Continuing my overland journey to South Australia, I visited Adelaide, where I was cordially received by the Hon. Dr. Cockburn, Minister for Agriculture, who generously assisted me in every possible way. Upon inquiry I found that no fibre was raised in that colony for export or manufacturing purposes. Visiting the rope-works in the city, I ascertained that the objection raised by the mill-managers was directed towards the "towy" appearance of the fibre, due to want of care in "stripping" the green blade. Complaints were also made of the lack of uniformity in colour and preparation. As an instance of this, they pointed to two lots of the same brand of hemp bought at the same time, but shipped from New Zealand at intervals of one month. Both parcels varied considerably in stripping, scutching, and bleaching.

Learning that South Africa was importing American binder-twine and other cordage, and that there was a prospect of extending trade with that colony, on the principle that "the path of duty is the path of safety," I altered my plans, and took passage in the s.s. "Culgoa," the first steamer sailing for Cape Town. Upon my arrival I called upon the principal ironmongers in the city, who, although they had never previously heard of binder-twine made from New Zealand hemp, promised to send some trial orders to the colony for the following season's supplies. I have reason to believe that these have since gone forward to the colony.

Arriving in London on the 28th October, I immediately set to work prosecuting my inquiries anent the hemp industry. I found no little difficulty in obtaining reliable information, and experienced some opposition in my endeavours to procure the best evidence. While there appeared to be a desire to assist me in eliciting the information I sought, at the outset there existed some doubt as to how far it was wise to disclose fuller details. I had very many interviews before my would-be helpers felt Assured that I had no desire to upset or interfere in any way with the present system of conducting the fibre trade.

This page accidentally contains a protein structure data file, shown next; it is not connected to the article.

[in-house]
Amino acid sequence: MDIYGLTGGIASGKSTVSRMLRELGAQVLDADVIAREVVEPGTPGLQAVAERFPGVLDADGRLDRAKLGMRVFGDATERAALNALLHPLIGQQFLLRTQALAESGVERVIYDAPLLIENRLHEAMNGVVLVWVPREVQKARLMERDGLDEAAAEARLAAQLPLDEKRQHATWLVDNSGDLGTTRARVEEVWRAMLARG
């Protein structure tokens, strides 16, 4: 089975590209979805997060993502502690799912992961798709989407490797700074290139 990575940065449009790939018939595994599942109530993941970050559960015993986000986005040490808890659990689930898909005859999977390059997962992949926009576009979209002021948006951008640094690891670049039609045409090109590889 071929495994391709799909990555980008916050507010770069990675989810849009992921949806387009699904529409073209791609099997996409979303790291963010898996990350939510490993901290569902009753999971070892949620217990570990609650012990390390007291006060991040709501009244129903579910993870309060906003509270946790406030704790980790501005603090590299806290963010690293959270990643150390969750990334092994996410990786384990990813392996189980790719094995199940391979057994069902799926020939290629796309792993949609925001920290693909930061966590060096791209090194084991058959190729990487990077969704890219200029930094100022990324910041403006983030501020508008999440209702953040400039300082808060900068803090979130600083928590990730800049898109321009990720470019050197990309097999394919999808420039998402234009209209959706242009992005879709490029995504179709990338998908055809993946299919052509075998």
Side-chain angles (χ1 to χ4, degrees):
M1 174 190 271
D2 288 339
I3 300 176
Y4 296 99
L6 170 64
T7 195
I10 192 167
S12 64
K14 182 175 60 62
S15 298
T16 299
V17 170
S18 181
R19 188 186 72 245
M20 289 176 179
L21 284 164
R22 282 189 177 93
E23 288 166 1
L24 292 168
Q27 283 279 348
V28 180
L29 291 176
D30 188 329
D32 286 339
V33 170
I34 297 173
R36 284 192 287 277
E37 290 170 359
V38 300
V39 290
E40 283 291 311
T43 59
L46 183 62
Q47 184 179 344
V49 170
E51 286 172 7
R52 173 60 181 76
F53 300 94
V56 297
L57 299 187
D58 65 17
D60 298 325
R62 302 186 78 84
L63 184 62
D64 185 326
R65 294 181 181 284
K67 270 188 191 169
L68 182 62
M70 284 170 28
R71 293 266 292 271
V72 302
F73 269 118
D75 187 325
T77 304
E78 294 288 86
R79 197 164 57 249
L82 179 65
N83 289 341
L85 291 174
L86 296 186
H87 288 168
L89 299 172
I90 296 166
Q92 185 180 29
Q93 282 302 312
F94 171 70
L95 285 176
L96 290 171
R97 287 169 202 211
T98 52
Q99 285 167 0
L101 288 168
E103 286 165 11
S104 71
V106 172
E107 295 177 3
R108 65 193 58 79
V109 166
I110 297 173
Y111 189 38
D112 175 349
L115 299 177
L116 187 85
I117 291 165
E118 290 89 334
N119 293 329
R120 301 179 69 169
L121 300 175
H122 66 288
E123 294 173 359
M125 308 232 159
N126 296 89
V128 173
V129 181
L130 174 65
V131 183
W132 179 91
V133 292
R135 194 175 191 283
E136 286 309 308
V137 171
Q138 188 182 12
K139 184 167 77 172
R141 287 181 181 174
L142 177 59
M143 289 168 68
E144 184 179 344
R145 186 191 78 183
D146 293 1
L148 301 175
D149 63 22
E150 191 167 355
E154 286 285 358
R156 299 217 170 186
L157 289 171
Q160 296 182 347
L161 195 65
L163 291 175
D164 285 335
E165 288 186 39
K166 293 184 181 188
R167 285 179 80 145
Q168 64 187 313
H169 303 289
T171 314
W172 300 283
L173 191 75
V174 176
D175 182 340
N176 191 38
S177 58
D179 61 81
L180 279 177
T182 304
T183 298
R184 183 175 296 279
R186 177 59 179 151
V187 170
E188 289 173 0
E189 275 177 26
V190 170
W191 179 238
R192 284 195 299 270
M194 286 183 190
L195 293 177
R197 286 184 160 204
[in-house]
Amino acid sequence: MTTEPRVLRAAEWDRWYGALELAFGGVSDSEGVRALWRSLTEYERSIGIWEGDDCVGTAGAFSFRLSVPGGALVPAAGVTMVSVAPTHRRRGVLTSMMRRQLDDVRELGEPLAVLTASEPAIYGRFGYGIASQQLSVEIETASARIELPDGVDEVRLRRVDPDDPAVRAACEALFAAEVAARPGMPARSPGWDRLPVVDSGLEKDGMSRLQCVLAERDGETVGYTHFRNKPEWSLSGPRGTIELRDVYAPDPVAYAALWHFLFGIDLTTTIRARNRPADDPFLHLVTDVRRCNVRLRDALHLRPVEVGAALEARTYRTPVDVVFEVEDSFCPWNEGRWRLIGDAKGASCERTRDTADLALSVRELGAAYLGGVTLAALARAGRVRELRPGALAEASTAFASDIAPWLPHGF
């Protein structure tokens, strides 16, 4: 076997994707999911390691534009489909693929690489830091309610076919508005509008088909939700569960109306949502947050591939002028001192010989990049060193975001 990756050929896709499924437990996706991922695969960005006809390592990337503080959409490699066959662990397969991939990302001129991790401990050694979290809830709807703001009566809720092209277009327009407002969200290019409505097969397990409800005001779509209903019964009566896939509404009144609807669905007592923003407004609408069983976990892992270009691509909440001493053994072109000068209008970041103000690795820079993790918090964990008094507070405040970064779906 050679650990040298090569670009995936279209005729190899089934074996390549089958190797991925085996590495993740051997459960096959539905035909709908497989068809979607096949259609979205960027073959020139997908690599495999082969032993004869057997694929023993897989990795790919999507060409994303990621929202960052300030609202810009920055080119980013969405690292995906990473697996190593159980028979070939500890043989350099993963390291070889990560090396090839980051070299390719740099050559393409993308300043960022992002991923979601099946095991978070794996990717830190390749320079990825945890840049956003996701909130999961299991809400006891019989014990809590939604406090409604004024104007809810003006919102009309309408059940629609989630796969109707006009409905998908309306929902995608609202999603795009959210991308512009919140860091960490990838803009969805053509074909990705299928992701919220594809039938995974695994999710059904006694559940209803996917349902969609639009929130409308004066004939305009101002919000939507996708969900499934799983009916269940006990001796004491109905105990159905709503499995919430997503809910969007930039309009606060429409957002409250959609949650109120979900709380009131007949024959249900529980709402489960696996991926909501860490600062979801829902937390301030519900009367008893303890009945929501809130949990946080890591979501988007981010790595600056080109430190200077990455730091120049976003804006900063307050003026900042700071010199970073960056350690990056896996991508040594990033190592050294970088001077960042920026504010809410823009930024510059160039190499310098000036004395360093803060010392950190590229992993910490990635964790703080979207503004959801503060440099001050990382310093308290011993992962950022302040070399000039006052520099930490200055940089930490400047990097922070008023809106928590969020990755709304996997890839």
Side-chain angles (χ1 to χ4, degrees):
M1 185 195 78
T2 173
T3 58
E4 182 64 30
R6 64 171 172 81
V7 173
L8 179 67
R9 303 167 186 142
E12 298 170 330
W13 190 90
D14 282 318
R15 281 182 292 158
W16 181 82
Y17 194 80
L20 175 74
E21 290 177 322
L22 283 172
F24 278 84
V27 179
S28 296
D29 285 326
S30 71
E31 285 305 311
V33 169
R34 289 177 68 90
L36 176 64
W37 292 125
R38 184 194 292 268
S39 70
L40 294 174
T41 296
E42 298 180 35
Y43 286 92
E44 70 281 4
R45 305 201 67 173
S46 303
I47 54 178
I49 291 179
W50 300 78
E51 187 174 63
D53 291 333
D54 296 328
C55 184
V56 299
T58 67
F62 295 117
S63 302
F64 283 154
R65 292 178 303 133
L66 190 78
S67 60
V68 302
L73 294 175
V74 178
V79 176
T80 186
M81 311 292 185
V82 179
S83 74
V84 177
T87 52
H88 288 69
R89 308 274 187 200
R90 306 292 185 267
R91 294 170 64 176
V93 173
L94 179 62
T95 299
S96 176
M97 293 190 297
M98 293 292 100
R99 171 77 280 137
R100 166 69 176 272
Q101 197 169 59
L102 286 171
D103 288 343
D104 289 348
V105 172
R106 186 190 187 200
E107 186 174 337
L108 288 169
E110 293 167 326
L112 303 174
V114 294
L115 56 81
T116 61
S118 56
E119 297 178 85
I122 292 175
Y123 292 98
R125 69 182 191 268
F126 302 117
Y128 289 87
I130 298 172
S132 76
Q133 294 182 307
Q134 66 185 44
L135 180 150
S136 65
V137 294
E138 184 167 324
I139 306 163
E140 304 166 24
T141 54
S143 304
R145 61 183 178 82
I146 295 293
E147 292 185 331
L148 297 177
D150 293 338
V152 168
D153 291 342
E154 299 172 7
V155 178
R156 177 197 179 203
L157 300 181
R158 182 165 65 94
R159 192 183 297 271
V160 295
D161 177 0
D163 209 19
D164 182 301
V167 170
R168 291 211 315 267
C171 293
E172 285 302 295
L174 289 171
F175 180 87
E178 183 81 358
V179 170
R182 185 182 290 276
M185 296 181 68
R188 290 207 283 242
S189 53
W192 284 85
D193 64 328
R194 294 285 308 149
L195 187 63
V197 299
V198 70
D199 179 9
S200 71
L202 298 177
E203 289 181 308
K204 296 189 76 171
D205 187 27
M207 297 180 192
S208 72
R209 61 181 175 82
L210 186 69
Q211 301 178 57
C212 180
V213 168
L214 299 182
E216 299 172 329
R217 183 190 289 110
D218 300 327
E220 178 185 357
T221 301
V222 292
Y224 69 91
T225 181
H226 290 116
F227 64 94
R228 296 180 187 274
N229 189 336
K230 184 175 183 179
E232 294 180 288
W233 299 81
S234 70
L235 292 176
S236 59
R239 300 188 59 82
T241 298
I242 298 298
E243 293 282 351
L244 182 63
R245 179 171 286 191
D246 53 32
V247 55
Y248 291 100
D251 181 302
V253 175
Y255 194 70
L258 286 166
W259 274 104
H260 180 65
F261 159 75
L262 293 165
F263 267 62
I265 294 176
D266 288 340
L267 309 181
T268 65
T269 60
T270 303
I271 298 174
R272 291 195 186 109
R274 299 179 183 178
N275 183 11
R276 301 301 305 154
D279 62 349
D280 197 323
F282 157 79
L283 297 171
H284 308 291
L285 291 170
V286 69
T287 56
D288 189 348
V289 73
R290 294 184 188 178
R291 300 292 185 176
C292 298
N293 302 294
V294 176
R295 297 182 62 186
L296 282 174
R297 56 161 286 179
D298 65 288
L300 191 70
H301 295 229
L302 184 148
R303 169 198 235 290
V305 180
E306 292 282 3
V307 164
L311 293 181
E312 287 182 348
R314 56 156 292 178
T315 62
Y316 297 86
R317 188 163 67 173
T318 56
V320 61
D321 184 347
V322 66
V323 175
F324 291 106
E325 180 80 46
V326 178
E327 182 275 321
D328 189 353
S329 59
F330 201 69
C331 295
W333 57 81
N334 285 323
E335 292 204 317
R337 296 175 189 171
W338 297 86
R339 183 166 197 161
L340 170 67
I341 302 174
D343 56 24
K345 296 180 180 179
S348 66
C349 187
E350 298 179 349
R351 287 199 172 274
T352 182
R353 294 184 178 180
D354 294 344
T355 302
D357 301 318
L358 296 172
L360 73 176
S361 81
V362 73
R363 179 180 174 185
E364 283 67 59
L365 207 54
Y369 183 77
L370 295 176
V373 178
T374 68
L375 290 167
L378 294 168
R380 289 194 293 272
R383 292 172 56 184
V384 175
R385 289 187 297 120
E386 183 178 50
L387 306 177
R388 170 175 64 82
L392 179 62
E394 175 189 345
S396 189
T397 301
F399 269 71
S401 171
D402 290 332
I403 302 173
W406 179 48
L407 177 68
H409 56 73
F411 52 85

In my earlier visits to gentlemen interested in the imports I was astonished to hear nothing but eulogiums about the excellent quality of New Zealand hemp. For some time these praises were bestowed upon our fibre; but when I ventured to suggest that the diminishing demand—apart altogether from the falling prices—did not exhibit that appreciation of the improved quality referred to, I was met with the instructive answer that if New Zealand would send regular standard qualities, and would sell subject to the usual arbitration clause upon which manila and sisal fibres were bought, there would be a largely increasing demand for New Zealand hemp.

I had the pleasure of interviewing several rope-makers, urging the claims of New Zealand hemp. I elicited various recommendations, and I many promises that future orders would embrace the colony, not withstanding the fact that the "spot stocks" had decreased from 1,500 tons on the 30th September, 1896, to 1,073 tons on the 30th September, 1897, page 4 which were still further reduced to 926 tons on the 30th November, 1897, There was little or no sale for several months prior to my arrival, the nominal market values ranging from £13 10s. to £14, c.i.f., London.

It is with pleasure I point to the improved prices that have since taken place. Messrs. W. F. Malcolm and Co., reporting upon New Zealand, under date the 21st March, says, inter alia, " The market is exceedingly firm, and holders are asking £20 for parcels on spot." It will I am sure be a matter of satisfaction to you to know that cash-buying orders for many hundreds of tons of hemp have been cabled to New Zealand during the present year, the prices offered being in excess of quotations prevailing for a long period before.